Computer Anti-forensics Methods and Their Impact on Computer Forensic InvestigationViewed generically

Computer Anti-forensics Methods and Their Impact on Computer Forensic InvestigationViewed generically, anti-forensics (AF) is that set of tactics and measures taken by someone who wants to thwart
the digital investigation process. This paper describes some of the many AF tools and methods, under the broad
classifications of data hiding, artefact wiping, trail obfuscation, and attacks on the forensics tools themselves.
The concept of AF is neither new nor solely intended to be used by the criminal class; it also has legitimate use
by those who wish to protect their privacy. This paper also introduces the concept of time-sensitive antiforensics,
noting that AF procedures might be employed for the sole purpose of delaying rather than totally
preventing the discovery of digital information.
Keywords
Anti-forensics, data hiding, artefact wiping, trail obfuscation, attacks on computer forensics tools, privacy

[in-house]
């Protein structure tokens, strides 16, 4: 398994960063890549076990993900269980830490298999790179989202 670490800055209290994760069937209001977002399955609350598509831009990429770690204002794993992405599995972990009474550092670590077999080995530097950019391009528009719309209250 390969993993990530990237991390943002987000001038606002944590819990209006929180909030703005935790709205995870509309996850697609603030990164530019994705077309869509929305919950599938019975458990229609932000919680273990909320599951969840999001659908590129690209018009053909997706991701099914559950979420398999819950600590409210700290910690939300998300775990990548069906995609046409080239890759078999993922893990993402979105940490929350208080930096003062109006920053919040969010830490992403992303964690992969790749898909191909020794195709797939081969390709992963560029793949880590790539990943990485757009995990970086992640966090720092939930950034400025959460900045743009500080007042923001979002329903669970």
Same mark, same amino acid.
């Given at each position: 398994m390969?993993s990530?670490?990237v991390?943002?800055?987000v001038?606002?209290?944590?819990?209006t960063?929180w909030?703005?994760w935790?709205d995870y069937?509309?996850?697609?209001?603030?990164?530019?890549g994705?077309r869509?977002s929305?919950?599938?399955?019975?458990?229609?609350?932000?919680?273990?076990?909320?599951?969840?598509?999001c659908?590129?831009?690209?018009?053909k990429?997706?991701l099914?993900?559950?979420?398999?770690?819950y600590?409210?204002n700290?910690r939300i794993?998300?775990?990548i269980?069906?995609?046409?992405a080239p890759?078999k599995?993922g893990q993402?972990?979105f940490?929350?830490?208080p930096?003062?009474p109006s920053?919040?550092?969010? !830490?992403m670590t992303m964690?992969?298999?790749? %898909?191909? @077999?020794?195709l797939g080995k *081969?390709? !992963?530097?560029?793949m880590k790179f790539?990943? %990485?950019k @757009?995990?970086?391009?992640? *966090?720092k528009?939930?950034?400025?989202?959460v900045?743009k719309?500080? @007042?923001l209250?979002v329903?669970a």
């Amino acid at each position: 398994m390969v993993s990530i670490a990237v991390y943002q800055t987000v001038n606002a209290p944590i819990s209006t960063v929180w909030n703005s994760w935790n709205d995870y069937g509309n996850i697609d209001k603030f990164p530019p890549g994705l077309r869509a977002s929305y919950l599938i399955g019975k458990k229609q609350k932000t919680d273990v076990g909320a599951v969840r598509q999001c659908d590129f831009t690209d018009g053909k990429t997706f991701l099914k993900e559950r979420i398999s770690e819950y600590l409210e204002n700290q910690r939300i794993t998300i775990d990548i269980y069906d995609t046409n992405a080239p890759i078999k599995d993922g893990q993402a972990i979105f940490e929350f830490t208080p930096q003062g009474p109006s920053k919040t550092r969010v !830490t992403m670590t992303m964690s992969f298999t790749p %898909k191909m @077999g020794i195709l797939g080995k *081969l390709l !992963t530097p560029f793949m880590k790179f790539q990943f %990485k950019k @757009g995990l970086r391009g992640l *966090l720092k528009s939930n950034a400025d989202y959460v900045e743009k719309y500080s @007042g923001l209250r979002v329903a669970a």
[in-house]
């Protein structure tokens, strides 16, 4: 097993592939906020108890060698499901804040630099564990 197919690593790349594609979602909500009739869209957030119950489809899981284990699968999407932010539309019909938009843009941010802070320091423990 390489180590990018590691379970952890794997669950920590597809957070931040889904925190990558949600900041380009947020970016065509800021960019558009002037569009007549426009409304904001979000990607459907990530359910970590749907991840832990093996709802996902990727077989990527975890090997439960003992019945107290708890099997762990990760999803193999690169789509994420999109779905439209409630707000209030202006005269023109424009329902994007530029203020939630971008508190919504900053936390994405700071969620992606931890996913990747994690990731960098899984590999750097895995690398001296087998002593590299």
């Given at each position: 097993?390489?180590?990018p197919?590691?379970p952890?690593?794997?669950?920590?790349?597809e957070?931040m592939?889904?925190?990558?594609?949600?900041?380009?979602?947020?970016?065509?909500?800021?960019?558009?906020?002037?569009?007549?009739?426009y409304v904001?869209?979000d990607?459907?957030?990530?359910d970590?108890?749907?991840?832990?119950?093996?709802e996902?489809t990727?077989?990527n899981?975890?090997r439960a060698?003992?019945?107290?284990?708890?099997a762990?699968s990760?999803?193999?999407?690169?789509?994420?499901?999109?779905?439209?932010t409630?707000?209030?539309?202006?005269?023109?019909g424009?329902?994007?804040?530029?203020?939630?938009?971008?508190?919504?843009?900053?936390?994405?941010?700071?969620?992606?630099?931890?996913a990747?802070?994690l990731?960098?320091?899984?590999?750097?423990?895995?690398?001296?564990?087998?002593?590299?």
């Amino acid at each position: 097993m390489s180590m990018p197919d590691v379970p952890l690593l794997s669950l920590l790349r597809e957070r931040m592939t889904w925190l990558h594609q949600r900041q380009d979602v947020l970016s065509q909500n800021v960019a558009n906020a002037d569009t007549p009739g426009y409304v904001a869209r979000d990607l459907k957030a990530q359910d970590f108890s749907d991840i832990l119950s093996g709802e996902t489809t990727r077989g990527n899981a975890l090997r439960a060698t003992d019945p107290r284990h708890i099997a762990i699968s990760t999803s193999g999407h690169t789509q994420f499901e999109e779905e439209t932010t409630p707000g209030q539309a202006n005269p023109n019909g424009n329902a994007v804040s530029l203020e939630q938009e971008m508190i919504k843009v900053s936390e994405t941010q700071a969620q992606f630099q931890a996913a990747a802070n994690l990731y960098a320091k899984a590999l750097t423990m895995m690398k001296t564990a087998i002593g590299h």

INTRODUCING ANTI-FORENSICS
The term anti-forensics (AF) has recently entered into the vernacular of digital investigators. Although
conceptually not new, it is instructive to observe that there is no clear industry definition (Harris, 2006). Rogers
(2006), a practicing digital forensics educator and investigator, defines AF as “attempts to negatively affect the
existence, amount, and/or quality of evidence from a crime scene, or make the examination of evidence difficult
or impossible to conduct.” Liu and Brown (2006), practicing creators of AF methods and tools, offer a slightly
darker definition: “application of the scientific method to digital media in order to invalidate factual information
for judicial review.”
The term forensics is significant and quite specific — whatever AF is pertains to the scientific analysis of